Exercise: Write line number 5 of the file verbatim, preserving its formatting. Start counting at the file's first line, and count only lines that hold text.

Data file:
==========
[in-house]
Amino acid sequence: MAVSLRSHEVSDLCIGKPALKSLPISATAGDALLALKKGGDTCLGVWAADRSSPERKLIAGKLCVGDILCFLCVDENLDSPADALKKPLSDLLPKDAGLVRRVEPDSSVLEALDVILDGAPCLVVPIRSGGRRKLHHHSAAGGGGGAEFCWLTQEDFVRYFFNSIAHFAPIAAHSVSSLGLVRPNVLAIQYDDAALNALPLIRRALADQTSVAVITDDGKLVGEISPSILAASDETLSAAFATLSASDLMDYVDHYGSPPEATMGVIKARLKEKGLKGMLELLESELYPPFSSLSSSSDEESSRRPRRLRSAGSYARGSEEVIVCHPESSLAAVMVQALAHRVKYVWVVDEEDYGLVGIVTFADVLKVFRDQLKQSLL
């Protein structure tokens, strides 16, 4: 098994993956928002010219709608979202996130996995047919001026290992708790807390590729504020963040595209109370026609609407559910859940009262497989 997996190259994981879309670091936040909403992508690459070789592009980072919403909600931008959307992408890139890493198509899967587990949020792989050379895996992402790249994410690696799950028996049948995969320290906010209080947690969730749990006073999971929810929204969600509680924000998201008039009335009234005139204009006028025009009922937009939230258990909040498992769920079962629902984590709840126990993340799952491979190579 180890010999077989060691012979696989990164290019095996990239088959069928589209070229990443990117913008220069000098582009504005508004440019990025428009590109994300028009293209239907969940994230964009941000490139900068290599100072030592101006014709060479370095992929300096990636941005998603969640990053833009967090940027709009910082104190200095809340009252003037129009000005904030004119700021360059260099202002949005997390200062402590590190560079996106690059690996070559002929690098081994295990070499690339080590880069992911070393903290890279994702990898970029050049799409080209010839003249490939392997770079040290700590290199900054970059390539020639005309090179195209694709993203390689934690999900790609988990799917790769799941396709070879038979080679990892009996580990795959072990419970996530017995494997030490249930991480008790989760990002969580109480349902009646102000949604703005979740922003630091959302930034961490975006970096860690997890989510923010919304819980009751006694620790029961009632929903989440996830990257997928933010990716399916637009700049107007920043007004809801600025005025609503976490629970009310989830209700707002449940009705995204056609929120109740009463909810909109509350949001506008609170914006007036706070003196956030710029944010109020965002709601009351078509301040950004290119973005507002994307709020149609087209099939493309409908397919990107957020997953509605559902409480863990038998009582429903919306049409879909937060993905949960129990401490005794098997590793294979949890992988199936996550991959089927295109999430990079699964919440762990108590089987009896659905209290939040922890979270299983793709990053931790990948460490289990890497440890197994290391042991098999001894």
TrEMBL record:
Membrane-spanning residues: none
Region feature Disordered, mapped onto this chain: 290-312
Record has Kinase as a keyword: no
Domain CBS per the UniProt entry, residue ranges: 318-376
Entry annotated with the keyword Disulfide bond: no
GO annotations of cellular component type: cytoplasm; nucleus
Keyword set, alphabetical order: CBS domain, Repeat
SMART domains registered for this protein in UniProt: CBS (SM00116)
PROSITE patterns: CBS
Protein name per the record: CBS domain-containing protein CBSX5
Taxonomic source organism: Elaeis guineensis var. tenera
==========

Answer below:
Membrane-spanning residues: none